Tropical Fruit Series: FIGS [course 4]. Paint Easy Food Postcards in Watercolor Like a Pro | Yana Shvets | Skillshare

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Tropical Fruit Series: FIGS [course 4]. Paint Easy Food Postcards in Watercolor Like a Pro

teacher avatar Yana Shvets, Paint.Travel.Take a risk

Watch this class and thousands more

Get unlimited access to every class
Taught by industry leaders & working professionals
Topics include illustration, design, photography, and more

Watch this class and thousands more

Get unlimited access to every class
Taught by industry leaders & working professionals
Topics include illustration, design, photography, and more

Lessons in This Class

12 Lessons (44m)
    • 1. Welcome to this course!

      2:39
    • 2. These are art materials for your painting

      3:36
    • 3. How to draw figs: discussing shapes

      3:25
    • 4. Selecting paints for your painting

      5:06
    • 5. Let's sketch figs!

      5:40
    • 6. Painting the first fig

      5:38
    • 7. Integrating a shadow

      2:36
    • 8. Working on the first fig slice

      5:20
    • 9. Deepening tones on the main fig

      3:23
    • 10. Painting the second fig slice

      1:53
    • 11. Detailing the slices

      3:42
    • 12. Your class project

      0:40
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About This Class

If you love painting food art - you are in the perfect place!

Welcome to Tropical Fruit Series: Figs!

This is the fourth course in my exotic food art series, so join us!

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YOU WILL LEARN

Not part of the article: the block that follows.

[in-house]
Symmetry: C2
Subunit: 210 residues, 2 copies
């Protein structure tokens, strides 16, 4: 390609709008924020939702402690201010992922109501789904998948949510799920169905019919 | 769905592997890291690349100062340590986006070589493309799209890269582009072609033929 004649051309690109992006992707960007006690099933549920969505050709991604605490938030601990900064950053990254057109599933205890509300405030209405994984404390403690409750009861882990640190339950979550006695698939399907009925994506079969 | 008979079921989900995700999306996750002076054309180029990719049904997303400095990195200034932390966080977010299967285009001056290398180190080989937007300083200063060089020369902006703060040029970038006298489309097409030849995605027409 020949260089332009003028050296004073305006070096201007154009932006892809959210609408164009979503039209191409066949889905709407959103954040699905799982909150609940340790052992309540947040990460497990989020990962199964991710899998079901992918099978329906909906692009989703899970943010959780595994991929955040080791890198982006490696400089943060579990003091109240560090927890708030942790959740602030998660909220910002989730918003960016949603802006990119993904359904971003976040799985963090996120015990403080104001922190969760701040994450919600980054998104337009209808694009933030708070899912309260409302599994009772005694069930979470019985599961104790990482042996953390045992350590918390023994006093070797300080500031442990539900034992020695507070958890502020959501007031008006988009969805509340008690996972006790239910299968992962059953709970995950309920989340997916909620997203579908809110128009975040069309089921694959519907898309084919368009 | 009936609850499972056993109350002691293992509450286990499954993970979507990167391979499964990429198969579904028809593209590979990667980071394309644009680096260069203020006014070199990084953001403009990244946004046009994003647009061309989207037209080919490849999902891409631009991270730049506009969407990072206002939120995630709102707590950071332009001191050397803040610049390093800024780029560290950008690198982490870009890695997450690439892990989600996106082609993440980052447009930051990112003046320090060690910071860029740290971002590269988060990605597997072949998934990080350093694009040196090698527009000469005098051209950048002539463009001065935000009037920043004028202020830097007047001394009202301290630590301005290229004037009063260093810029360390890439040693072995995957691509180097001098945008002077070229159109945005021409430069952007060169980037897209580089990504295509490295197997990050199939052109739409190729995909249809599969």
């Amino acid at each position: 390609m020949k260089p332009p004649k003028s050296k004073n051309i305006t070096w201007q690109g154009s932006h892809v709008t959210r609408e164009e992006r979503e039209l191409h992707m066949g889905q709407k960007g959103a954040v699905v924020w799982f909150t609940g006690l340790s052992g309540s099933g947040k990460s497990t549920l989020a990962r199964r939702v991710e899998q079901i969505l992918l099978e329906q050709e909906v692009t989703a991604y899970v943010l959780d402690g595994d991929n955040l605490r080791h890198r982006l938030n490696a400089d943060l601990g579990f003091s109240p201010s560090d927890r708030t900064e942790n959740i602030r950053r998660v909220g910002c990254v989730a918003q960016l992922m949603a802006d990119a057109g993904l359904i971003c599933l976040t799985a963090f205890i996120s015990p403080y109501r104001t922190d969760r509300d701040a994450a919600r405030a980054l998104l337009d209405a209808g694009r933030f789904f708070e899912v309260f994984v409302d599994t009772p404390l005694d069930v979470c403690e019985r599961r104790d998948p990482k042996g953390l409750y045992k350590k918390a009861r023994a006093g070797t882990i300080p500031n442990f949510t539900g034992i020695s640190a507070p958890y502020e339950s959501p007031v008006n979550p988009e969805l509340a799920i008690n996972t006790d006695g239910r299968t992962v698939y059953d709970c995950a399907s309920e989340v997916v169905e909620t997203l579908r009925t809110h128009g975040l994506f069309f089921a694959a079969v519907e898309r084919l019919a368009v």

- How to draw a fig in general - the specifics of its shapes and forms.

- Main materials to paint your figs postcard.

- Limited palette you can use to paint juicy figs.

- Practicing wet on dry and wet on wet techniques while creating a realistic fruit painting.

- Use layering technique to achieve depth and volume,

- You will integrate cast shadow under fig.

- And more!

HOW DOES IT WORK?

I prepared 10 courses that are interconnected: during the first 9 courses, we will discover techniques and secrets of painting various fruits step by step.

I will release each course one after another so you are not overwhelmed with the amount of content.

Following my course series, you will paint 9 single fruits: watermelon, papaya, dragon fruit, passion fruit, star fruit, figs, guava, mango, durian.

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After painting each fruit separately and mastering watercolor techniques, I will release course #10 where you will apply all previous knowledge learned into a masterpiece

We will compose our own piece and paint all the fruits we've been practicing during this tropical fruit series! This is a sneak peek into how my master piece turned out ;)

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In the end of this course, you will get a lovely postcard-size painting of figs.

The reference image for this course is in Class Project.